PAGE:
Checking in on Our Most Vulnerable
Friday 1 May 2020
Every day at Vinnies we work to ensure everyone has a safe place to sleep.
From our crisis accommodation services, building over 500 social and affordable housing units, and advocating for the NSW Government to increase the amount of social housing – we believe that everyone deserves the right to a safe and secure home.
With COVID-19 putting the health of vulnerable groups in danger and increasing the risk of people falling into homelessness due to the economic impacts, we are stepping up to assist people in their time of need.
In cases where people are unable to access accommodation due to social distancing measures or no services in their location, we are housing them in hotels with individualised support such as dropping off care packages and checking their wellbeing through mobile and video conferencing.
As part of our work in addressing homelessness we signed a global agreement with the NSW Government, City of Sydney and other service providers pledging to halve homelessness across the state by 2025 and eliminating it completely by 2030.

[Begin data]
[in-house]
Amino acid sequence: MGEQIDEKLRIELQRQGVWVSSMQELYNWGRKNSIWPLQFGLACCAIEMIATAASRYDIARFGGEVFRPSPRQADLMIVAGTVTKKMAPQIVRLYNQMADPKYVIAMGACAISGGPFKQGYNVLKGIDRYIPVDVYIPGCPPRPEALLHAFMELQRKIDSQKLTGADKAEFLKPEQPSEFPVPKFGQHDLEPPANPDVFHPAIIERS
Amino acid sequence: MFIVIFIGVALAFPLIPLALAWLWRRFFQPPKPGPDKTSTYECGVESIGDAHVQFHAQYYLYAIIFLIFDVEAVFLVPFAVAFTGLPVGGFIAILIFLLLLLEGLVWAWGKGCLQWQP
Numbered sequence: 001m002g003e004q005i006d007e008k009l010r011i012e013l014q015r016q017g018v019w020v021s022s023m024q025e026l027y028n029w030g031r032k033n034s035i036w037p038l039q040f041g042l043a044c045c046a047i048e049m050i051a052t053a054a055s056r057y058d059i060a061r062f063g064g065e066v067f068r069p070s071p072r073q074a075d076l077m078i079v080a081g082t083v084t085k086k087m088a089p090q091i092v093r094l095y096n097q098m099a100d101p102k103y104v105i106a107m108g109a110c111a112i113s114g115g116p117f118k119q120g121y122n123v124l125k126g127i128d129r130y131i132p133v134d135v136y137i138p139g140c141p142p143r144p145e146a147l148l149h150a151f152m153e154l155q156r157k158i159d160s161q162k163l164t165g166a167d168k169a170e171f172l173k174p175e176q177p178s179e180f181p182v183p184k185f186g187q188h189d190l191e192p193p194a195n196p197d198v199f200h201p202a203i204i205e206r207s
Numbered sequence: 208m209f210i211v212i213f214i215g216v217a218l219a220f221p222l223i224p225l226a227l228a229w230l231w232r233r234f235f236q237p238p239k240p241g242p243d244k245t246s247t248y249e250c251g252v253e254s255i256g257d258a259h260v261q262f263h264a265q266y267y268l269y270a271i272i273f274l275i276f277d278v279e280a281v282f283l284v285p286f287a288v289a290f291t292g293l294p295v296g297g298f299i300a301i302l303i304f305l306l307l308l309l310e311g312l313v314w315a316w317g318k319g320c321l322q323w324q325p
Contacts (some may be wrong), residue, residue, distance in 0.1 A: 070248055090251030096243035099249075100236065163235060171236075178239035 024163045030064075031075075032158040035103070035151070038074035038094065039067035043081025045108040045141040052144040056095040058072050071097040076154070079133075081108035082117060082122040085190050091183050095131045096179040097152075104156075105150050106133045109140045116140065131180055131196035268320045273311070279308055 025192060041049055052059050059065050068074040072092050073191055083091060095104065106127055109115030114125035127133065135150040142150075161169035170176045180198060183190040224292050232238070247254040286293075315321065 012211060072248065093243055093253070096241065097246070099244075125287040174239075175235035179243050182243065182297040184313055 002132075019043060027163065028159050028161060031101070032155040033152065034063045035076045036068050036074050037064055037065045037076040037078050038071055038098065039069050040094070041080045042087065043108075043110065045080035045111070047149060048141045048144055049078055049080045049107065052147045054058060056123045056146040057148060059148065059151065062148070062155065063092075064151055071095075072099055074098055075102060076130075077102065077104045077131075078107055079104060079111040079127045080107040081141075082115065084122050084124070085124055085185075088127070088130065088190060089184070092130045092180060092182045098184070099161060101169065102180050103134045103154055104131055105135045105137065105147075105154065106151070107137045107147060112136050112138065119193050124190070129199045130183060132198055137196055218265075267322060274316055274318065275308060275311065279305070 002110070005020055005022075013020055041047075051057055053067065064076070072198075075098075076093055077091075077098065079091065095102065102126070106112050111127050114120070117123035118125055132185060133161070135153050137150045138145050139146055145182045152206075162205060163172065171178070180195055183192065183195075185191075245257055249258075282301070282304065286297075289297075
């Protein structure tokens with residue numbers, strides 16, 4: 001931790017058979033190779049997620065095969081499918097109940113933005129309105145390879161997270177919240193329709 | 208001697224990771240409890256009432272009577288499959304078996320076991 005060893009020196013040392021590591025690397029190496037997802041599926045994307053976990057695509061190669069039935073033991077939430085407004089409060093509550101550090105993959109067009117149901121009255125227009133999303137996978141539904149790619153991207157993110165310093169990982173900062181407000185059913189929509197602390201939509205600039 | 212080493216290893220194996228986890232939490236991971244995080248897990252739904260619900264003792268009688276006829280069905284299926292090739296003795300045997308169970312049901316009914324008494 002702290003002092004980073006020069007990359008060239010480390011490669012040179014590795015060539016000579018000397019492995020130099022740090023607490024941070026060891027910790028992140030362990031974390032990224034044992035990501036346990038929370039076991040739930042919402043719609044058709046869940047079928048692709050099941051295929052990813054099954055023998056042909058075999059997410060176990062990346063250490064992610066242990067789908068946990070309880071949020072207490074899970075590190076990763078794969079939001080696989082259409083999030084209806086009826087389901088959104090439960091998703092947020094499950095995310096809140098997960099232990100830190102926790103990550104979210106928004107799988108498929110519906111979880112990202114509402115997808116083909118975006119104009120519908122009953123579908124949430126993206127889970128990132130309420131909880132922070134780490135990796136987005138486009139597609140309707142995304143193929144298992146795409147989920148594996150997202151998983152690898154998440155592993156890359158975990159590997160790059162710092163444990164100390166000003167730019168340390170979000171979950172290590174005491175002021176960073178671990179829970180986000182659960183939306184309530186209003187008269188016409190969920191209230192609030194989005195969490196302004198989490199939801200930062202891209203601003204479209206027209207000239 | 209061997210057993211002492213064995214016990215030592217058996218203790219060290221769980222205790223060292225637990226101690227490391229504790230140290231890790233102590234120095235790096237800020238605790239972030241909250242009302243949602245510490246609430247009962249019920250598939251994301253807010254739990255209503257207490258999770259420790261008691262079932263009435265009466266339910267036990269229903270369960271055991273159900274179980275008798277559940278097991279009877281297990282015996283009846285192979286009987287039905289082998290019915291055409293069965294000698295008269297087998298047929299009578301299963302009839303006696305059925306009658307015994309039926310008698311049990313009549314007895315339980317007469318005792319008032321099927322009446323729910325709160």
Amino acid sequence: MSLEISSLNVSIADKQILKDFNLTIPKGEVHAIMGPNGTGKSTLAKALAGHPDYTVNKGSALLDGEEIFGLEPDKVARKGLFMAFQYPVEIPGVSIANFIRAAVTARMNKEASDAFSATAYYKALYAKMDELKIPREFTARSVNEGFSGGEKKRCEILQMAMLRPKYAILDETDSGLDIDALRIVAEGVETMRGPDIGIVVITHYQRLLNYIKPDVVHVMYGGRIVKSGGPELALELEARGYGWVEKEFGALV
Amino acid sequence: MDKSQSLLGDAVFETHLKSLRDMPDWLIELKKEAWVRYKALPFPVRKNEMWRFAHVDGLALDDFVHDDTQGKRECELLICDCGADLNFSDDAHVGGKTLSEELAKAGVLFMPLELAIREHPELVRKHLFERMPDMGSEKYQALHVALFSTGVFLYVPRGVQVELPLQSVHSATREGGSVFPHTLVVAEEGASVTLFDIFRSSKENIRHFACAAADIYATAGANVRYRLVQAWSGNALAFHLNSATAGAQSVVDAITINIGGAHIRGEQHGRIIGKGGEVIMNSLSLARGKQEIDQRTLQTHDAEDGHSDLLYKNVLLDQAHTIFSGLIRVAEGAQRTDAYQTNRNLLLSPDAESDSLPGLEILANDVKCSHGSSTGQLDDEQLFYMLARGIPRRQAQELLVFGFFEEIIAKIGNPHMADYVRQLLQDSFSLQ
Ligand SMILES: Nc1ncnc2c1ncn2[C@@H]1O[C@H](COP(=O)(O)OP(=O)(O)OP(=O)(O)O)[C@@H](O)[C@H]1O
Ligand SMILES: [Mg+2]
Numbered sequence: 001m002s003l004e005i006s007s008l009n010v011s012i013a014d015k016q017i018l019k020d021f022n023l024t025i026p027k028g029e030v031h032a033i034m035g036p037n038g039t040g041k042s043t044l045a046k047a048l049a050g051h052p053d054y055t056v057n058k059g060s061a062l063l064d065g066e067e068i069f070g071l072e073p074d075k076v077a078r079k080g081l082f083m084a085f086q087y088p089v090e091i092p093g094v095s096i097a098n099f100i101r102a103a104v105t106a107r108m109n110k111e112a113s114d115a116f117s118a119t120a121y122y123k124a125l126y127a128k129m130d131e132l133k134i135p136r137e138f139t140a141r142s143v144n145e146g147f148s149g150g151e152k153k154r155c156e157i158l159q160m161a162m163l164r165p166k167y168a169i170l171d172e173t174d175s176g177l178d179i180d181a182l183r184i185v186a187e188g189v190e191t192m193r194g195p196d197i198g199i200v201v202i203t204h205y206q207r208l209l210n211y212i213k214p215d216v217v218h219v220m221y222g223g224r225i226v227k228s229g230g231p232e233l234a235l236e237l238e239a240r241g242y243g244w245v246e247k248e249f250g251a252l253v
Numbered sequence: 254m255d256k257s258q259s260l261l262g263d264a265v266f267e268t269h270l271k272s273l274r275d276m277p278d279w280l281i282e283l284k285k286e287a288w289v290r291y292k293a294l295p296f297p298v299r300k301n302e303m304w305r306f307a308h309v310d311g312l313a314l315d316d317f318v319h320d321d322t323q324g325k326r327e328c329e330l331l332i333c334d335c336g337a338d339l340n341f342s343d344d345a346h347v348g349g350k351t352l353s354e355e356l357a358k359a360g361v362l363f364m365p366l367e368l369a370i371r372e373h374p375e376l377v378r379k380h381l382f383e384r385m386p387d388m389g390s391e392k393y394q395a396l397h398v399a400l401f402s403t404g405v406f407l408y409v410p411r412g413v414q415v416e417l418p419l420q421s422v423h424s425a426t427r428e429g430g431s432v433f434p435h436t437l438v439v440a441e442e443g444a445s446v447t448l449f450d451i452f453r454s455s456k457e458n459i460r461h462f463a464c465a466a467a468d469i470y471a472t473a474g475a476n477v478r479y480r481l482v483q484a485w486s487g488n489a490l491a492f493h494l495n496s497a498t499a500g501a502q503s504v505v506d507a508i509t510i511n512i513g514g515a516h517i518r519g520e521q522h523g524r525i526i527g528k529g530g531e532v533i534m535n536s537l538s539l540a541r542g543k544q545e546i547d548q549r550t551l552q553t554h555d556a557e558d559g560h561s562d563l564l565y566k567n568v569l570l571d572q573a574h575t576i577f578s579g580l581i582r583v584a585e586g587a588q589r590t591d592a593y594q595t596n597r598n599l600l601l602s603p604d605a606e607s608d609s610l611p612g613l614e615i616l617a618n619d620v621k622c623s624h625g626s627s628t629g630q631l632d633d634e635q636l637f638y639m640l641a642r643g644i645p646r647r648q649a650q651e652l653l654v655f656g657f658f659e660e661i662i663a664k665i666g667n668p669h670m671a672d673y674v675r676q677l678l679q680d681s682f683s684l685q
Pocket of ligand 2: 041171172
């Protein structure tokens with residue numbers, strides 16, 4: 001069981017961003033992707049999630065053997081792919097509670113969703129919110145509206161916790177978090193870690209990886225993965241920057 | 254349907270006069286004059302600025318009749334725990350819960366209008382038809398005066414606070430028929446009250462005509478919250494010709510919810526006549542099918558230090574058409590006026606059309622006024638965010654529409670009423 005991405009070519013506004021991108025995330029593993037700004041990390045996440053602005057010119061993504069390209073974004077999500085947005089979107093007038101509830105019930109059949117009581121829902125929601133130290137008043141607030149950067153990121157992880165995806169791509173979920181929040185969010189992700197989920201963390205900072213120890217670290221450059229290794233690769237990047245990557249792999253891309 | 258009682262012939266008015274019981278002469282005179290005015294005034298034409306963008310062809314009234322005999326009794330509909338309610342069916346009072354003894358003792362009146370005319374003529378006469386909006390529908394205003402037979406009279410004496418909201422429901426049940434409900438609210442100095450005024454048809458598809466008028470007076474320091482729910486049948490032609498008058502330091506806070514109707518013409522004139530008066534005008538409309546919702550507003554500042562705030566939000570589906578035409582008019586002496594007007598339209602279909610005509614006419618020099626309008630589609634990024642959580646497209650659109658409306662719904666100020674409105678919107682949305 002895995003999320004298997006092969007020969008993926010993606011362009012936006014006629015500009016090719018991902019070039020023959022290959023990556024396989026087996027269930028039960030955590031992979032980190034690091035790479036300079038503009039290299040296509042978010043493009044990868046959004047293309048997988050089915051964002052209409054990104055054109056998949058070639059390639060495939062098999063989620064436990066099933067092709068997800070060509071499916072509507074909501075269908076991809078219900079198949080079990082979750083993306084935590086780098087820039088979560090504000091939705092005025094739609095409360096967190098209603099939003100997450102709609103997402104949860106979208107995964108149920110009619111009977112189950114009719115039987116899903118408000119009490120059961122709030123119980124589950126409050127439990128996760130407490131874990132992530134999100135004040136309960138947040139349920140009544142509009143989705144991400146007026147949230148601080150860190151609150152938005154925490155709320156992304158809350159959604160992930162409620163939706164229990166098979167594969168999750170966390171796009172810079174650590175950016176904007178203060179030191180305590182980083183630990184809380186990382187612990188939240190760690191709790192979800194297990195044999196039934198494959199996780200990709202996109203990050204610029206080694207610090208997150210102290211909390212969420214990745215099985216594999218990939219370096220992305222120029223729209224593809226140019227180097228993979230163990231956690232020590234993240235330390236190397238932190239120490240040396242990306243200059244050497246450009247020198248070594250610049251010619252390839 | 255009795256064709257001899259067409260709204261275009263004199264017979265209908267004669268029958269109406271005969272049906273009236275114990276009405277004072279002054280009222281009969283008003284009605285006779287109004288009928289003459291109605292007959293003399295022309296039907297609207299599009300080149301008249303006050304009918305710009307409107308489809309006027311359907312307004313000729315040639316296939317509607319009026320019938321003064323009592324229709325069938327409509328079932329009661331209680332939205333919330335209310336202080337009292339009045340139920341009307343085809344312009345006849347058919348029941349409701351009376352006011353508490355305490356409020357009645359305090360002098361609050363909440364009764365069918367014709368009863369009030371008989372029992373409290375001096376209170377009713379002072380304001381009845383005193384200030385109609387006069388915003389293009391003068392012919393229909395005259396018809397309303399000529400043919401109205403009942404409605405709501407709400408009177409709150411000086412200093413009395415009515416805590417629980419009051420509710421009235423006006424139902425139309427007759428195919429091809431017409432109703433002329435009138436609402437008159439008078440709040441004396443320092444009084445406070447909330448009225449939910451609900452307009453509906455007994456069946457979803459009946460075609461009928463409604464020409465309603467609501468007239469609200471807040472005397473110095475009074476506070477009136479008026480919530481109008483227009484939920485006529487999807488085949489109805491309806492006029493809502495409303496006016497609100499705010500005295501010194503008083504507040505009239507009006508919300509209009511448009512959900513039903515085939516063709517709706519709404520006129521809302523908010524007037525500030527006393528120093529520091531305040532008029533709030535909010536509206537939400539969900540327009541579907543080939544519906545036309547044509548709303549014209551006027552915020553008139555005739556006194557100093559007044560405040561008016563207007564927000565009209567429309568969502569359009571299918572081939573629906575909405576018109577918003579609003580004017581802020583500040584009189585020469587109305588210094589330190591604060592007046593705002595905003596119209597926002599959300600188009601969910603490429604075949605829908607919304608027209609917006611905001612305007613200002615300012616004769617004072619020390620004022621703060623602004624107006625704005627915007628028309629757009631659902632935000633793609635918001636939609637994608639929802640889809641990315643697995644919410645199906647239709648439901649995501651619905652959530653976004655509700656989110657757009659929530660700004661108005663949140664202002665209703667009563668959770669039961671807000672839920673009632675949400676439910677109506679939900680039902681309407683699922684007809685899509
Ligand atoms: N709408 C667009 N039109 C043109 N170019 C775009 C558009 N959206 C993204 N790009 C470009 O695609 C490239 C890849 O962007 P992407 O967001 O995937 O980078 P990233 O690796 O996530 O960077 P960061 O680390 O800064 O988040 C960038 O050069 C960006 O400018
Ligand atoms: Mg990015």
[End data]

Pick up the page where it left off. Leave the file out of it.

Recently the results of the latest City of Sydney street count found a decrease in the number of people sleeping rough.
Held twice a year to ensure specialist homelessness services, such as the Matthew Talbot Hostel, have up-to-date information, the street count recorded 334 rough sleepers - a decrease of 39 people from twelve months earlier.
While there is still a way to go until we reach our target of zero rough sleepers, we are doing our bit to ensure people experiencing homelessness have the support they need to get back on their feet.
Last year, Vinnies’ staff and volunteers based in Sydney took part in Connections Week as part of a coordinated effort to develop a census identifying people sleeping rough in the community.
Vinnies staff participating in Connections Week street count
Taking the time to speak with people sleeping rough about their needs and how they can be supported, the information gathered will form a by-name list of people sleeping rough to inform public policy and support services.
“I enjoyed the opportunity to sit down and have a chat with people in different parts of the city,” said Rebecca Williams – one of the staff members from our State Support Office in Lewisham.
“They are caring and brave and look out for one another every single day. They share food, clothing, supplies and even money with one another.
“It’s hard to comprehend that sort of generosity when someone has so little to begin with.”
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